Directed by John Glen (Directorial Debut)
A British surveillance vessel accidentally gets struck by a mine and now James Bond (Roger Moore) must locate the sunken the sunken ship in order to make sure the top-secret Automatic Targeting Attack Communicator (ATAC) system on board does not fall into the wrong hands.
Before I get too into this, one thing I have to discuss is the opening scene. There is an existing fan theory going around that not only is 007 a codename but that James Bond is also a codename/title since Bond has been played by several different actors. It is a ridiculous theory only embraced by people with a casual association to the films. The opening scene should be strong evidence against that theory. In the scene Bond goes and visits the grave of his wife that died in On Her Majesty’s Secret Service. Why would a different agent go and visit the grave of someone he did not know? And why would Blofeld (it being him is implied but he’s not named) attempt to kill James Bond if he was a different agent in revenge for what happened in On Her Majesty’s Secret Service? Why not track down the actual agent and not his successor? In the world of fan theories this is among the dumbest. It has been the same character portrayed by several actors. The only time it becomes a new character is when Daniel Craig takes over because Casino Royale was a reboot.
“For Your Eyes Only” as sung by Sheena Easton is amazing. I remember how huge of a hit it was at the time. It was insane. Easton holds the distinction of being the first Bond title artist to appear onscreen.
What this film lacks are the usual Bond film quirks. There are not really any interesting henchmen for the villain to use. Nobody really pops out as odd. Bond uses no special gadgets as his only real one gets blown up early and the villain’s plot is not really world threatening. While the ATAC could be used to make the British attack themselves, in the world of Bond it seemed unlikely that those Soviets would do such a thing. These were all purposeful decisions to make For Your Eyes Only a more realistic film after Moonraker and turn it more into a Cold War thriller than anything.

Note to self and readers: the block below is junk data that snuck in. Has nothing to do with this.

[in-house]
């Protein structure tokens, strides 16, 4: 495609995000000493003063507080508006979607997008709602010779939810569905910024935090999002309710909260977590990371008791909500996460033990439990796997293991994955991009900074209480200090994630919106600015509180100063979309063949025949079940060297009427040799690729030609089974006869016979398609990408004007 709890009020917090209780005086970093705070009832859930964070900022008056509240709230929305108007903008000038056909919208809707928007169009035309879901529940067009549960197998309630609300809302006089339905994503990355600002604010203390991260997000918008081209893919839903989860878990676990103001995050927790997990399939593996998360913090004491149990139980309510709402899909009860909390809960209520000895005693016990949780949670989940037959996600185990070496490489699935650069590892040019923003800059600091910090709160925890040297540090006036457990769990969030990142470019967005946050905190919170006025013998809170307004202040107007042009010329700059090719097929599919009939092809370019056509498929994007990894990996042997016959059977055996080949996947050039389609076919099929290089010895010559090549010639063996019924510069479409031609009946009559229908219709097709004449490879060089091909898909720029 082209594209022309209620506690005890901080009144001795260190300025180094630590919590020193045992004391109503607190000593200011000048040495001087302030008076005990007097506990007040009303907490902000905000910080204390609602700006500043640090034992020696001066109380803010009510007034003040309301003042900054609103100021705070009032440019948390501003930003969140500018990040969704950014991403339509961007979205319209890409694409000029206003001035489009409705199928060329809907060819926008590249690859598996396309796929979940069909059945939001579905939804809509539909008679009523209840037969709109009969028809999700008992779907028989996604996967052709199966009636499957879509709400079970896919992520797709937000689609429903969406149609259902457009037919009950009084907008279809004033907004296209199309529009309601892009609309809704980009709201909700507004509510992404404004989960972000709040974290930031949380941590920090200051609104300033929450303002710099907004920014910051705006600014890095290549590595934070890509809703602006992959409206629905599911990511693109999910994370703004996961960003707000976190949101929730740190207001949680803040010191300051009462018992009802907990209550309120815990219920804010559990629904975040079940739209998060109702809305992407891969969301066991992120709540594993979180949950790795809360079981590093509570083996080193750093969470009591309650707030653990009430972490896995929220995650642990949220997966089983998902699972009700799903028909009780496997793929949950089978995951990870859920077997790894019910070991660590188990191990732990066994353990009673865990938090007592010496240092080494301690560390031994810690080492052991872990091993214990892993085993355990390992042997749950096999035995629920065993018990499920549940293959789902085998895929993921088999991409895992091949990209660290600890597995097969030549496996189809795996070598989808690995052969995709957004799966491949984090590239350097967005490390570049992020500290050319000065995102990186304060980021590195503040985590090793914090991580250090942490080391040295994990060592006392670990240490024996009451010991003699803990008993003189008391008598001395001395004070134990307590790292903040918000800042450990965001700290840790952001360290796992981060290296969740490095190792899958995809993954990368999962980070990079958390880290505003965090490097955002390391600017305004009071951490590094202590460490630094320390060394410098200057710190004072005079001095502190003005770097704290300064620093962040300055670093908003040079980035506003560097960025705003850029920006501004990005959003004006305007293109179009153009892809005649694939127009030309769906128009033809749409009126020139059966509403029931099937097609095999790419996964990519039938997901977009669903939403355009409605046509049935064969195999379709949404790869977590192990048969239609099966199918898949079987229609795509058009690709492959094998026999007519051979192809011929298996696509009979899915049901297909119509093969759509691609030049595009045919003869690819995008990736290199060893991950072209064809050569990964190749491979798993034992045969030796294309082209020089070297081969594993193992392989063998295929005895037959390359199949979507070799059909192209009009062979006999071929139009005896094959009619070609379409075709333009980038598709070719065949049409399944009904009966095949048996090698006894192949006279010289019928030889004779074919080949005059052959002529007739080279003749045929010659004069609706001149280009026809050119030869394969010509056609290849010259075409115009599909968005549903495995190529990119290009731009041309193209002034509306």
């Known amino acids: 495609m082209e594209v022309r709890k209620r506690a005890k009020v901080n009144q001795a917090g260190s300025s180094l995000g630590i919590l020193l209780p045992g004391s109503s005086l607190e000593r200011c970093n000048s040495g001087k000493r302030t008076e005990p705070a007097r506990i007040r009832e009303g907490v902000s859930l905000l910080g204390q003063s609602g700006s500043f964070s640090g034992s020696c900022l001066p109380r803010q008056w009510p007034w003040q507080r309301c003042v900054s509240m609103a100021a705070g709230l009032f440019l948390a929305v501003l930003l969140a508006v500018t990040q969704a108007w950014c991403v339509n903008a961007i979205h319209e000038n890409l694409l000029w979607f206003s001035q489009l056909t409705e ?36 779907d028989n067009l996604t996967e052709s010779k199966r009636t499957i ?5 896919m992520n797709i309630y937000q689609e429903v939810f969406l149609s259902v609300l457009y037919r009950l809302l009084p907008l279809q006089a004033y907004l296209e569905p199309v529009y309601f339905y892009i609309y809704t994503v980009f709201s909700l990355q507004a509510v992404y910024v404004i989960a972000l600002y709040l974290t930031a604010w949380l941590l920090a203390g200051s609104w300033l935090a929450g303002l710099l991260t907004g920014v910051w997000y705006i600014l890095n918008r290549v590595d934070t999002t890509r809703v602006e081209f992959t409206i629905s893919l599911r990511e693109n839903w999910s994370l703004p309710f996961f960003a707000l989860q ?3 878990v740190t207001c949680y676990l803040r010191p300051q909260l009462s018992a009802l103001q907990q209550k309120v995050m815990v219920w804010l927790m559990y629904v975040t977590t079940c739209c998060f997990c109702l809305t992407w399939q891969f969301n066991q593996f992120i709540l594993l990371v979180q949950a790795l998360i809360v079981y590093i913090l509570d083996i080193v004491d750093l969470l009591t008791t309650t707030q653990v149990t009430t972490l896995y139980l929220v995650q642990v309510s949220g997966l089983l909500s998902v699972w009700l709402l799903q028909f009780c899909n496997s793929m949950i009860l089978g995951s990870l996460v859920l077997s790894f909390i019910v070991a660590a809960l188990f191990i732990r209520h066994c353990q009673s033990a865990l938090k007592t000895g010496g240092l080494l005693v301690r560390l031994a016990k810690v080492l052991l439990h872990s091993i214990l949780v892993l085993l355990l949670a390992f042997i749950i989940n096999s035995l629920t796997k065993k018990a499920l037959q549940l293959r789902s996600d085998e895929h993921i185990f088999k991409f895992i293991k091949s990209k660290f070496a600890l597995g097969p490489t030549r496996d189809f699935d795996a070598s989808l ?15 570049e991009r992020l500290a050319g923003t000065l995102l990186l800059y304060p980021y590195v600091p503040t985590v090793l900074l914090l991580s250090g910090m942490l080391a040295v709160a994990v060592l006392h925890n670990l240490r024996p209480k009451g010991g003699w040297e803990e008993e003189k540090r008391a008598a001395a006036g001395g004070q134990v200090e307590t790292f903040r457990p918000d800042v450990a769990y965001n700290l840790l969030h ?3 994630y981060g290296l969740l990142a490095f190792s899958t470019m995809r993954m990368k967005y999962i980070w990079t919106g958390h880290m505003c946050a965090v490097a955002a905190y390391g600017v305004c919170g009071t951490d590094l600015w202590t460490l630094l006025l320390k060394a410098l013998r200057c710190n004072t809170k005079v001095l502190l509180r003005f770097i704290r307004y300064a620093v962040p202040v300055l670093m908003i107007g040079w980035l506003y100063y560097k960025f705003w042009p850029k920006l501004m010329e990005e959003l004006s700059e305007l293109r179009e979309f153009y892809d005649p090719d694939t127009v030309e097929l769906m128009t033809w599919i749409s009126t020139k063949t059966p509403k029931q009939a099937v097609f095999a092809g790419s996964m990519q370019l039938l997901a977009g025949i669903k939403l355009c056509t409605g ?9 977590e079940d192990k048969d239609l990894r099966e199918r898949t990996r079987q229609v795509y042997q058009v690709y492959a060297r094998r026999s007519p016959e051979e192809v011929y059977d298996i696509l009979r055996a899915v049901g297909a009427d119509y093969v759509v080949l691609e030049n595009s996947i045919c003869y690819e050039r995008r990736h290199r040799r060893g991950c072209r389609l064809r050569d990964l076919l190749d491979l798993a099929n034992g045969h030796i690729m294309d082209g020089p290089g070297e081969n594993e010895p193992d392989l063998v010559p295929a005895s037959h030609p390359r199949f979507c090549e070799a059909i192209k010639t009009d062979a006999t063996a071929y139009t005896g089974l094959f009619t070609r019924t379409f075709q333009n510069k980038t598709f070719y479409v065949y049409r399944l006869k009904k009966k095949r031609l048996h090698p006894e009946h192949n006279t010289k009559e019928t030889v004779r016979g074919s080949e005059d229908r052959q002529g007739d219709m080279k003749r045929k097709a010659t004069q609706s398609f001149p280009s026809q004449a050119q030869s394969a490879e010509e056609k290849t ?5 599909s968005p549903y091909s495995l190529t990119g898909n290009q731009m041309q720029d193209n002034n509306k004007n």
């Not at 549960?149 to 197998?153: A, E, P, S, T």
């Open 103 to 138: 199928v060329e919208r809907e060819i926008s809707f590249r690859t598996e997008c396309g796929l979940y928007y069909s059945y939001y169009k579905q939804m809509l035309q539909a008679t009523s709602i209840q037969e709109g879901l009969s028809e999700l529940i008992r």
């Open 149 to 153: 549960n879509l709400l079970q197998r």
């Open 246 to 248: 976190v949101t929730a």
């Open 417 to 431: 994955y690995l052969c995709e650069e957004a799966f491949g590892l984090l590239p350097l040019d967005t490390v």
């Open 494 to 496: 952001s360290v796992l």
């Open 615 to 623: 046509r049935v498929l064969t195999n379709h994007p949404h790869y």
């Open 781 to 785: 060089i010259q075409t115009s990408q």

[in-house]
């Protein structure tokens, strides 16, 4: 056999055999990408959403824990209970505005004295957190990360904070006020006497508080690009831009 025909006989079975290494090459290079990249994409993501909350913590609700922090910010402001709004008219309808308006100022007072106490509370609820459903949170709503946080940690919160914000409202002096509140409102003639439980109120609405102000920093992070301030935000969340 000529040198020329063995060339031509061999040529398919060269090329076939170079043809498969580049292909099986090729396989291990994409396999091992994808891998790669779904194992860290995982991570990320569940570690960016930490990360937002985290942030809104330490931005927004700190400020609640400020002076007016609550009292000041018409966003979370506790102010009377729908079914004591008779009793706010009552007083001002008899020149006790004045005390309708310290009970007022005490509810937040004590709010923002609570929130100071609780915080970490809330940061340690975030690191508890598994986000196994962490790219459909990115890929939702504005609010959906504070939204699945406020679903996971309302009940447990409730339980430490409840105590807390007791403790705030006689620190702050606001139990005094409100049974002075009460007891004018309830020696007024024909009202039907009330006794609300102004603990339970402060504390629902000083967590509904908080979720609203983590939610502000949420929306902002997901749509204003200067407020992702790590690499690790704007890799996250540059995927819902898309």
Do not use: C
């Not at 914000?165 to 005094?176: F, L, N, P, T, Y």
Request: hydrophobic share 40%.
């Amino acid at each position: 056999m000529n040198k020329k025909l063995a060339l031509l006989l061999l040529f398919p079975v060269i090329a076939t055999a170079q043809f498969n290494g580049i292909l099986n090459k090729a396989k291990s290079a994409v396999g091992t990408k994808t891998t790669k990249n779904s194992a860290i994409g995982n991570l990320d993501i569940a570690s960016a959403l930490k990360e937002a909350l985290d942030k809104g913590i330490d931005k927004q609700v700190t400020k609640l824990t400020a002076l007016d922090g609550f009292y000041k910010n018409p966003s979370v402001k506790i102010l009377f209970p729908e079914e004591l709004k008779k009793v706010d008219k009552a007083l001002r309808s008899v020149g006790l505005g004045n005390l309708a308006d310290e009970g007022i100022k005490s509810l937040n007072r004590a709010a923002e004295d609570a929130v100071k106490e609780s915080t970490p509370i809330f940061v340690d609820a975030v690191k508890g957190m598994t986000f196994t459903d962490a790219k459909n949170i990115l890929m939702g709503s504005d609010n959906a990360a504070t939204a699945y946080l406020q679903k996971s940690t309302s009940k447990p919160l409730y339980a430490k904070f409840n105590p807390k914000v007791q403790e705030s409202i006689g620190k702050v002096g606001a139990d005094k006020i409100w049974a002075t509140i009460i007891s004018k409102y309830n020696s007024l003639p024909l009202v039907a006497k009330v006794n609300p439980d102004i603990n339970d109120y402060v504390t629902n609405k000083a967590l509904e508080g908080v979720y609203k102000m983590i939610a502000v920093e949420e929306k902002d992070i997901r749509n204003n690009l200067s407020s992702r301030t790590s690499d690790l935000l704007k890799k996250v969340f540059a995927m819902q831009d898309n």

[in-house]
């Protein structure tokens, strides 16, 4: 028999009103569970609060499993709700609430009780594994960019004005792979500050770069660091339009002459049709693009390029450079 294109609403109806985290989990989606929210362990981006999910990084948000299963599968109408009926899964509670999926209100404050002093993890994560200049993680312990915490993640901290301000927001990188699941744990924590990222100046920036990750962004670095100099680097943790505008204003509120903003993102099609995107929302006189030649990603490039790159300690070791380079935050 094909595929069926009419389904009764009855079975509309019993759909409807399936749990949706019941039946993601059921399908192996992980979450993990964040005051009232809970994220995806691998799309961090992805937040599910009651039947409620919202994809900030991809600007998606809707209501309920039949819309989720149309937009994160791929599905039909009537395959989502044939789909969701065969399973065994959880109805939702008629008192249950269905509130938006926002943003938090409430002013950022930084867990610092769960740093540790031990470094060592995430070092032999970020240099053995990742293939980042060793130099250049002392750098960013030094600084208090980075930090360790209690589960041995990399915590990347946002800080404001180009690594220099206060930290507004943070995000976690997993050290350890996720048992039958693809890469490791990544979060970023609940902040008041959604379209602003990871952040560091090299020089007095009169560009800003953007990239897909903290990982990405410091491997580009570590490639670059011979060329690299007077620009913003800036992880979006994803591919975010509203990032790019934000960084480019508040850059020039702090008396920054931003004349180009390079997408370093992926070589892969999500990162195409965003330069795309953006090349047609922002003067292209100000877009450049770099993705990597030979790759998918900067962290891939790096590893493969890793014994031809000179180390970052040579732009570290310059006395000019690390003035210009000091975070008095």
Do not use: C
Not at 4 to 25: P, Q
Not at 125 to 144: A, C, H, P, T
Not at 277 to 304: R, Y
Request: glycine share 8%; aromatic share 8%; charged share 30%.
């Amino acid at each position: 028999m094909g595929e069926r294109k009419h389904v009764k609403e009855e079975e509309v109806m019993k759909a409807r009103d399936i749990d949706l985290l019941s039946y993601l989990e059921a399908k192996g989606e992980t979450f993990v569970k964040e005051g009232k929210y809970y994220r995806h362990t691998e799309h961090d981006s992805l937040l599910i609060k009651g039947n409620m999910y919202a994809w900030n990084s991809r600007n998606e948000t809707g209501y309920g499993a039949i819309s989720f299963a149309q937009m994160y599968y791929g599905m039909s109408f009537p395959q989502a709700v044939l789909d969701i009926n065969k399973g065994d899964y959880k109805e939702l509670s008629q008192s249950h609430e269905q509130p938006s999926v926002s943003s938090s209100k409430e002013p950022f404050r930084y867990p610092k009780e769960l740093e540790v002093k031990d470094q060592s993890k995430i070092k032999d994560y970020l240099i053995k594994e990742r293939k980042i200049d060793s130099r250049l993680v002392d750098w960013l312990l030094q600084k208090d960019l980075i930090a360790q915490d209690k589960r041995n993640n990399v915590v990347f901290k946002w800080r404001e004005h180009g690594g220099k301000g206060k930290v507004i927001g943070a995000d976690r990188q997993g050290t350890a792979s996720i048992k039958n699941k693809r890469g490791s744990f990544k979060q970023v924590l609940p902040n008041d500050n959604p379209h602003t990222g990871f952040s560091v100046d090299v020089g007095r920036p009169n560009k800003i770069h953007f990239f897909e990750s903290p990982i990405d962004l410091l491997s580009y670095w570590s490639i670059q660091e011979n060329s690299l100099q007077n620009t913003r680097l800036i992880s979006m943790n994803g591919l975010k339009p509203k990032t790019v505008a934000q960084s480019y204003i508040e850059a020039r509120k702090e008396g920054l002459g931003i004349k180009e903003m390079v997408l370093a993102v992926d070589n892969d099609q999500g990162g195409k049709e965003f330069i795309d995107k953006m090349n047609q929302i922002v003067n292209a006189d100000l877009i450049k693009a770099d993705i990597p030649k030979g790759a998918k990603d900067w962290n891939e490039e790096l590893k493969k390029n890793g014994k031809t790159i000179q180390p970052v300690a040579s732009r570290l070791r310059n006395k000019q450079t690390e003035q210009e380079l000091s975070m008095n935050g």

I applaud their goals but not the execution. It attempts to be more serious than its predecessors of the Roger Moore era. Confusingly they toss in plenty of the lighter aspects that the Roger Moore films were known for and that creates a bit of a mixed bag.
James Bond’s only real gadget in this whole film is a tricked-out Lotus as part of his package to go after Cuban hitman Hector Gonzales (Stefan Kalipha) that killed Sir Timothy Havelock (Jack Hedley) and his wife Iona (Toby Robins). In fact, it’s the only thing he really gets, and it’s promptly blown up as a signal to the audience that this is a different type of Bond film that won’t be using cool gadgets. Really?!
At least one theme in the film is supposedly revenge and its effects on a person. Melina Havelock (Carole Bouquet) is the daughter of the killed British agent. For me she never quite pulled that off. There’s no slow decay of the character or the apparent effects on her as she seeks revenge on those that murdered her parents. The character is just angry, and Bouquet is a bit wooden in her performance. Melina Havelock was a two-dimensional Bond Girl and unfortunately her presence took up a great deal of the movie. It did not feel as if she had any clear character growth. One minute she was angry over mom and dad and then at the end she was not and just having a nice time on the family yacht. No moment of change can be pointed too.
Topol as Milos Columbo honestly steals the show in his scenes. He is much more of a character than any of the other characters in the film and even upstages Roger Moore at times.
The action is the usual good James Bond action. One that stands out in a negative way though is a chase early in the movie. In a film that is supposed to be more serious it felt a little too slapstick. When Bond first meets Melina he loses his Lotus to an antitheft device that exploded on purpose and so Bond and Melina must use her car to escape. It has the usual comedic leanings of other bond Roger Moore Bond film chases but in a film that is supposed to be more serious it’s very out of place.
And another thing, how does that subplot with the overly horny gymnast Bibi (Lynn-Holly Johnson) sponsored by the real villain Aristotle Kristatos (Julian Glover) fit in to a more serious Bond film? The interactions between Bibi and Bond are all awkward moments and in sharp contrast to the supposed tone of the film. Other than making Bond uncomfortable, her character serves no real purpose to the plot. She could have been cut from the final script and no one would have noticed. Her character is just padding.
It is just not my favorite Bond film. Still though it is an enjoyable film and you will like it if you like James Bond.